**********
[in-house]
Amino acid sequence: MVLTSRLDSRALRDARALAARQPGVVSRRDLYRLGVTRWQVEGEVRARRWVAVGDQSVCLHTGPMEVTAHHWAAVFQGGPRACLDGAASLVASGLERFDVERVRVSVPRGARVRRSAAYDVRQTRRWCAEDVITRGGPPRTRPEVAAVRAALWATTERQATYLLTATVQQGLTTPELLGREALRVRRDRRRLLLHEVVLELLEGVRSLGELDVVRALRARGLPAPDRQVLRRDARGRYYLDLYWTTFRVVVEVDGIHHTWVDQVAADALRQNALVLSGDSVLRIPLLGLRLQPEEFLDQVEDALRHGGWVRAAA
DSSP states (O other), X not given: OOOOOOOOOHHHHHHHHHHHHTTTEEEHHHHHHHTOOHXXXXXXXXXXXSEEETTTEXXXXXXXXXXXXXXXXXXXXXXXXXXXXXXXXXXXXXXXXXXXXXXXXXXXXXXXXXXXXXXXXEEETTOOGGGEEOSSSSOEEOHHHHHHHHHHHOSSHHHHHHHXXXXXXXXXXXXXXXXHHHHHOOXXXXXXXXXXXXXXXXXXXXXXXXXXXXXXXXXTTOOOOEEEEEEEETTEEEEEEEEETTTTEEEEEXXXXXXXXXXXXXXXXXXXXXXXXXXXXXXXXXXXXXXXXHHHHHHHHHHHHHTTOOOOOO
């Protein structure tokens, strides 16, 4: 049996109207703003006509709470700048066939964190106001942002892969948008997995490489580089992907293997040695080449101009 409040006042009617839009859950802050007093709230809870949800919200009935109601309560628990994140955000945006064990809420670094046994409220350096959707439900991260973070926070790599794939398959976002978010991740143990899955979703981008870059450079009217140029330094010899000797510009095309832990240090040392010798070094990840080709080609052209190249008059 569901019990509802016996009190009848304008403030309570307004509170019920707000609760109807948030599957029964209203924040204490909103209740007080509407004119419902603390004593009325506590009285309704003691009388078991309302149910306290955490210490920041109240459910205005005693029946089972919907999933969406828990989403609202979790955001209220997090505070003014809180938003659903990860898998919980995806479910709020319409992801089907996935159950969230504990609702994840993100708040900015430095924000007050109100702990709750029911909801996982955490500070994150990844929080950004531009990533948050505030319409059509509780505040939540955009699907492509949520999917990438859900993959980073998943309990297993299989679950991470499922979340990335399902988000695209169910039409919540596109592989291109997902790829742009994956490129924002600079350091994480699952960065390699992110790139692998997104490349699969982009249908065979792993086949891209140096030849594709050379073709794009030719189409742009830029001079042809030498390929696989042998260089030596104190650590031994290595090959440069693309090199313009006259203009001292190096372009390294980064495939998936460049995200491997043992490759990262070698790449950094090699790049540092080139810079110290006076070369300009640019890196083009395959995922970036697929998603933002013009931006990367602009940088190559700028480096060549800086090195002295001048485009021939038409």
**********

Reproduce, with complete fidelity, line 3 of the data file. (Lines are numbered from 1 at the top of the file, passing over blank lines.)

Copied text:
DSSP states (O other), X not given: OOOOOOOOOHHHHHHHHHHHHTTTEEEHHHHHHHTOOHXXXXXXXXXXXSEEETTTEXXXXXXXXXXXXXXXXXXXXXXXXXXXXXXXXXXXXXXXXXXXXXXXXXXXXXXXXXXXXXXXXEEETTOOGGGEEOSSSSOEEOHHHHHHHHHHHOSSHHHHHHHXXXXXXXXXXXXXXXXHHHHHOOXXXXXXXXXXXXXXXXXXXXXXXXXXXXXXXXXTTOOOOEEEEEEEETTEEEEEEEEETTTTEEEEEXXXXXXXXXXXXXXXXXXXXXXXXXXXXXXXXXXXXXXXXHHHHHHHHHHHHHTTOOOOOO